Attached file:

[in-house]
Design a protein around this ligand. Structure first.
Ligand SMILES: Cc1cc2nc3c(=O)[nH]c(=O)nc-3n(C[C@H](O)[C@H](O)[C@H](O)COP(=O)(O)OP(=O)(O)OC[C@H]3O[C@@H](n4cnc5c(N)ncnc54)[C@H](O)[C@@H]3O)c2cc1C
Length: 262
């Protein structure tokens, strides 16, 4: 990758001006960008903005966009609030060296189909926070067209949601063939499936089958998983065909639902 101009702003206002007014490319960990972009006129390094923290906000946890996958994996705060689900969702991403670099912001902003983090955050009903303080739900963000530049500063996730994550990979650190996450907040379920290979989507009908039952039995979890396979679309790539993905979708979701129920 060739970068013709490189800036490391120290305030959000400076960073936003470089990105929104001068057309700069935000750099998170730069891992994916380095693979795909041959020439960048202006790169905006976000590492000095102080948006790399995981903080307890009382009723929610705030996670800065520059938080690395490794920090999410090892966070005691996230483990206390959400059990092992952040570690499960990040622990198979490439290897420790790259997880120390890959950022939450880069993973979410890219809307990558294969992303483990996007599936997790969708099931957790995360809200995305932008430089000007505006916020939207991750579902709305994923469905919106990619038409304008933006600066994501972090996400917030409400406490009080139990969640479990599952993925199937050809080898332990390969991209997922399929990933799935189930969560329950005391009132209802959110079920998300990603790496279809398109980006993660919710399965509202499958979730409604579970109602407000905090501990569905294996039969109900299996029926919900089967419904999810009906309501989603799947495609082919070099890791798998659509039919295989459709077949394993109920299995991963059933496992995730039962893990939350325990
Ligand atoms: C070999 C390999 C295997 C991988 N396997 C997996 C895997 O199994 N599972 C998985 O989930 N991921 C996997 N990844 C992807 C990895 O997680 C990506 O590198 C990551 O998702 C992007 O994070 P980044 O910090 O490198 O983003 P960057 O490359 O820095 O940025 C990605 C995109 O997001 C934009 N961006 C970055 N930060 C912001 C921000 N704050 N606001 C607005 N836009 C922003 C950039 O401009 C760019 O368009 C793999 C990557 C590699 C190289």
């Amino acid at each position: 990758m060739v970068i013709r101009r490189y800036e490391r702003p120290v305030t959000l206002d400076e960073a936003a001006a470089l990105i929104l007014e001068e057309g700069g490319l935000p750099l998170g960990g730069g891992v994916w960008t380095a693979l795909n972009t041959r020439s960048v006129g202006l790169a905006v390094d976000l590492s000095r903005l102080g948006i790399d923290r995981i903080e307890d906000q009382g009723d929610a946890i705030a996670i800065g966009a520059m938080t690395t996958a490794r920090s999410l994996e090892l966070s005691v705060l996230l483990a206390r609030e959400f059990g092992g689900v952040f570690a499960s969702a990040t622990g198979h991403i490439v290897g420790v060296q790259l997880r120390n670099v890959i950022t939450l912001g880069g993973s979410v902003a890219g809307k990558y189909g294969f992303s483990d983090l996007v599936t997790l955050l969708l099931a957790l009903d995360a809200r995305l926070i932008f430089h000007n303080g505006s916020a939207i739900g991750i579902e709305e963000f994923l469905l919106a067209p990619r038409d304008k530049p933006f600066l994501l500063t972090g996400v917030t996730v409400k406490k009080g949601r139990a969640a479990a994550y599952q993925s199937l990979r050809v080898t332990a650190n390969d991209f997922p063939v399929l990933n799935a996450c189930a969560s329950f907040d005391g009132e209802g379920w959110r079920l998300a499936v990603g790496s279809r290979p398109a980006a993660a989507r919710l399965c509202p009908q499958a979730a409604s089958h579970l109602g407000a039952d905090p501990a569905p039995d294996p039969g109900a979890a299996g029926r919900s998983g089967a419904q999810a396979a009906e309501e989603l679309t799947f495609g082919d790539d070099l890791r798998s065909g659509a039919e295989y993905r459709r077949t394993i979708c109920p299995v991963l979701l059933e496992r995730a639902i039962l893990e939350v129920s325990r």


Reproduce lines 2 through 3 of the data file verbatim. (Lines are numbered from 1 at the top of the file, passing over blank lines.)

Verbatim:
Design a protein around this ligand. Structure first.
Ligand SMILES: Cc1cc2nc3c(=O)[nH]c(=O)nc-3n(C[C@H](O)[C@H](O)[C@H](O)COP(=O)(O)OP(=O)(O)OC[C@H]3O[C@@H](n4cnc5c(N)ncnc54)[C@H](O)[C@@H]3O)c2cc1C